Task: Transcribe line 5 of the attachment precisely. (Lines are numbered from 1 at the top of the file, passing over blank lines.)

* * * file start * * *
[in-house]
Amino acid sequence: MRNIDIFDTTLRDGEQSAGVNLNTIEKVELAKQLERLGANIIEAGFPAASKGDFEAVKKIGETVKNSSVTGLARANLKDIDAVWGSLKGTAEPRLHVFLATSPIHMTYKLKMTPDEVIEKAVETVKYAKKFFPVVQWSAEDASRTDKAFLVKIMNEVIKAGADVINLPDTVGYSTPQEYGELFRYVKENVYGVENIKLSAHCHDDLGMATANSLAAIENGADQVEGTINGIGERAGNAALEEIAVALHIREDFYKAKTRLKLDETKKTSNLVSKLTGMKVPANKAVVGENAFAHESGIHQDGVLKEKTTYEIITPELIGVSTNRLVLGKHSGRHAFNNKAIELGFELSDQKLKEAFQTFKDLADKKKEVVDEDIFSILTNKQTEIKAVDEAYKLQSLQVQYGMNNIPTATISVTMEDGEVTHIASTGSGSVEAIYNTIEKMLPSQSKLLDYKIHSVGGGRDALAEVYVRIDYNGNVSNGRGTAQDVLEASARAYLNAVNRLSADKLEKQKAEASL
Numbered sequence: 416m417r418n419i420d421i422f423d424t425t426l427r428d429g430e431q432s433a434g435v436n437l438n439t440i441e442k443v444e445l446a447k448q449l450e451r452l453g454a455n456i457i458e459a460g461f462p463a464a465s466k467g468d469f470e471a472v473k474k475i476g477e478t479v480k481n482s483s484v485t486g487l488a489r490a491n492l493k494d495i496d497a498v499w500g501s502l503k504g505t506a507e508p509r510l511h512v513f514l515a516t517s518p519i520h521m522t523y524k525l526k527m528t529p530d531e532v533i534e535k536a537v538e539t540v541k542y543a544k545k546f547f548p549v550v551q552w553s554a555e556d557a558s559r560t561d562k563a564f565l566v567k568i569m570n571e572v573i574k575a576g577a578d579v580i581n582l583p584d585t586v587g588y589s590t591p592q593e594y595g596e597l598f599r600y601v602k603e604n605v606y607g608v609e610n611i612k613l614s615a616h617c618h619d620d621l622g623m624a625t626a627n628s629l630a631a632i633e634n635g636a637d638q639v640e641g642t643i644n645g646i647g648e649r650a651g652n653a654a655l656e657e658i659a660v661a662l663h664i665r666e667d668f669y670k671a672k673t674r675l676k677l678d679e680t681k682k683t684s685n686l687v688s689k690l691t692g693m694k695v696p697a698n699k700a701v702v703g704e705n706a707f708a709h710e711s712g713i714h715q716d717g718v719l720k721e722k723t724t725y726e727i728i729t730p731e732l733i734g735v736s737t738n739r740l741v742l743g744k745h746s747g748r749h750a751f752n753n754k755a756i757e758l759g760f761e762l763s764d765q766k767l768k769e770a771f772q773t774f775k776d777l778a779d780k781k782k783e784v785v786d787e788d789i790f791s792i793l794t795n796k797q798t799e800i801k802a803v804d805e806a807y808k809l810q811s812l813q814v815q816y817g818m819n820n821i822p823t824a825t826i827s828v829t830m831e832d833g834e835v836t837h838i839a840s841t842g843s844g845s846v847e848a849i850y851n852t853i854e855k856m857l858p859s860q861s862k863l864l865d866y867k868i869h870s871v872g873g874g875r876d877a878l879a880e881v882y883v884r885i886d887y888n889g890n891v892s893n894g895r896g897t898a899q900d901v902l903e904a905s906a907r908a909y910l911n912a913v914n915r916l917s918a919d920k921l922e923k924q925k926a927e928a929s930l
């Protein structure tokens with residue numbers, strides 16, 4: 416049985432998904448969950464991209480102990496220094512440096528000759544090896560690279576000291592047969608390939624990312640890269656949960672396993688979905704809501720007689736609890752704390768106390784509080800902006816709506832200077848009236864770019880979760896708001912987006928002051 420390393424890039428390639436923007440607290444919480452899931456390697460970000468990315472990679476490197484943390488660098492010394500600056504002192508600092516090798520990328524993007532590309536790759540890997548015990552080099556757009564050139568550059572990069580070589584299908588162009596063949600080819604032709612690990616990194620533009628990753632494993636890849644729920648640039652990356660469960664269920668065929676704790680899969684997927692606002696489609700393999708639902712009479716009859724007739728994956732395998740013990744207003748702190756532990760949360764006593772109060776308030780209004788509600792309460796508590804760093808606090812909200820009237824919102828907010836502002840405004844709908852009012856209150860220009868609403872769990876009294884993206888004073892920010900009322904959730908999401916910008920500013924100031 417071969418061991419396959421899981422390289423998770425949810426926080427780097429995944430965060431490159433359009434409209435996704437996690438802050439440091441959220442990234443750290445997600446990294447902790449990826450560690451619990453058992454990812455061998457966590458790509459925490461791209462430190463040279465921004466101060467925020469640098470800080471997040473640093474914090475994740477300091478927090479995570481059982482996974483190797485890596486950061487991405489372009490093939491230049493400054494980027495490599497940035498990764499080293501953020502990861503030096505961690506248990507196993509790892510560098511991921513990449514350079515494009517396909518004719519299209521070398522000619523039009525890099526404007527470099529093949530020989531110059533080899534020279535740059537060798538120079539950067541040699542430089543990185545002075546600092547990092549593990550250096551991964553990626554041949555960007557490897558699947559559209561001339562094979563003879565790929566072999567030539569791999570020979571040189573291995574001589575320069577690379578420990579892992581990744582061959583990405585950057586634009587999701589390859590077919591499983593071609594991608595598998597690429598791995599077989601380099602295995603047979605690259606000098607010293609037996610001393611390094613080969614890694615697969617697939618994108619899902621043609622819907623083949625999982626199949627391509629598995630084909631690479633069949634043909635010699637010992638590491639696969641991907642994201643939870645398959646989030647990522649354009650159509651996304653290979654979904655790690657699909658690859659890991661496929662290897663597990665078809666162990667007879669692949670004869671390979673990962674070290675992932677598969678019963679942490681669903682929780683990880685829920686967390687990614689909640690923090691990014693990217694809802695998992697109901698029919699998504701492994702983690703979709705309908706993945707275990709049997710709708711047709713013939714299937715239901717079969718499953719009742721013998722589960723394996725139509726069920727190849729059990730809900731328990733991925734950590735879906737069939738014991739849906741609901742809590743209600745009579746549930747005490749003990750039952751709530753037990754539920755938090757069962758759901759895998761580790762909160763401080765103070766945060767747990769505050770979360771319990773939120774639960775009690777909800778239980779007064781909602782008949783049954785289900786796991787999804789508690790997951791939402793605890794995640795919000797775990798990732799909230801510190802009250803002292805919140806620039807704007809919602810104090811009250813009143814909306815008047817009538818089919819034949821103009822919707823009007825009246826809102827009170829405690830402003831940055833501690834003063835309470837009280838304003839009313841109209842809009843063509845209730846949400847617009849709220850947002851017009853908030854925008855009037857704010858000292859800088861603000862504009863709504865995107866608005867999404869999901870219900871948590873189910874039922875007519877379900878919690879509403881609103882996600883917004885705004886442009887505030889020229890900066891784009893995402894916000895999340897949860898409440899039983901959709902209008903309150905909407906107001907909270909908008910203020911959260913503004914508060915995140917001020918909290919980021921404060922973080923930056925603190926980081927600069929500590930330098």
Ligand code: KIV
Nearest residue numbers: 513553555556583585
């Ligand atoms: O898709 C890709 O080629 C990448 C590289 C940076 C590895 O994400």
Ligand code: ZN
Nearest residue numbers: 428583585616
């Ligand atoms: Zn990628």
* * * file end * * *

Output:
Ligand code: KIV